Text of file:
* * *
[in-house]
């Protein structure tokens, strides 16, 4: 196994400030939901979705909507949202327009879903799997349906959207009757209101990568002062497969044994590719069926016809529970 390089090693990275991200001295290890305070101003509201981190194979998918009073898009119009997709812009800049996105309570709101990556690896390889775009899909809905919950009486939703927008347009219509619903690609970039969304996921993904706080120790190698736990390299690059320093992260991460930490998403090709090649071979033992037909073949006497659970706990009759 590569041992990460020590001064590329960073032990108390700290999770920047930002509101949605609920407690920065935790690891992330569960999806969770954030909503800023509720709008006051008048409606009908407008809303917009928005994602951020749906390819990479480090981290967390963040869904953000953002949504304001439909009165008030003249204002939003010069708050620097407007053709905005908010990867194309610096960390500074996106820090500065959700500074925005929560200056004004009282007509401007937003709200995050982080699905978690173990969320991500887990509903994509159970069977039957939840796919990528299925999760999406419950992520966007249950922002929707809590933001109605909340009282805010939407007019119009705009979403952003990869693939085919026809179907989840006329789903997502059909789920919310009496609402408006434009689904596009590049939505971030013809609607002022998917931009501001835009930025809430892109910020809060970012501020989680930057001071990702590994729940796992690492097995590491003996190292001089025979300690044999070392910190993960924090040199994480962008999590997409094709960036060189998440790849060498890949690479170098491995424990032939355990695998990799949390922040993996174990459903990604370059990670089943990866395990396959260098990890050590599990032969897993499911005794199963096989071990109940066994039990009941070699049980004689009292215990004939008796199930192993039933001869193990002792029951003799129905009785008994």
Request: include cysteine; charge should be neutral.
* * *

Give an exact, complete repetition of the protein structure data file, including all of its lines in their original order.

[in-house]
């Protein structure tokens, strides 16, 4: 196994400030939901979705909507949202327009879903799997349906959207009757209101990568002062497969044994590719069926016809529970 390089090693990275991200001295290890305070101003509201981190194979998918009073898009119009997709812009800049996105309570709101990556690896390889775009899909809905919950009486939703927008347009219509619903690609970039969304996921993904706080120790190698736990390299690059320093992260991460930490998403090709090649071979033992037909073949006497659970706990009759 590569041992990460020590001064590329960073032990108390700290999770920047930002509101949605609920407690920065935790690891992330569960999806969770954030909503800023509720709008006051008048409606009908407008809303917009928005994602951020749906390819990479480090981290967390963040869904953000953002949504304001439909009165008030003249204002939003010069708050620097407007053709905005908010990867194309610096960390500074996106820090500065959700500074925005929560200056004004009282007509401007937003709200995050982080699905978690173990969320991500887990509903994509159970069977039957939840796919990528299925999760999406419950992520966007249950922002929707809590933001109605909340009282805010939407007019119009705009979403952003990869693939085919026809179907989840006329789903997502059909789920919310009496609402408006434009689904596009590049939505971030013809609607002022998917931009501001835009930025809430892109910020809060970012501020989680930057001071990702590994729940796992690492097995590491003996190292001089025979300690044999070392910190993960924090040199994480962008999590997409094709960036060189998440790849060498890949690479170098491995424990032939355990695998990799949390922040993996174990459903990604370059990670089943990866395990396959260098990890050590599990032969897993499911005794199963096989071990109940066994039990009941070699049980004689009292215990004939008796199930192993039933001869193990002792029951003799129905009785008994």
Request: include cysteine; charge should be neutral.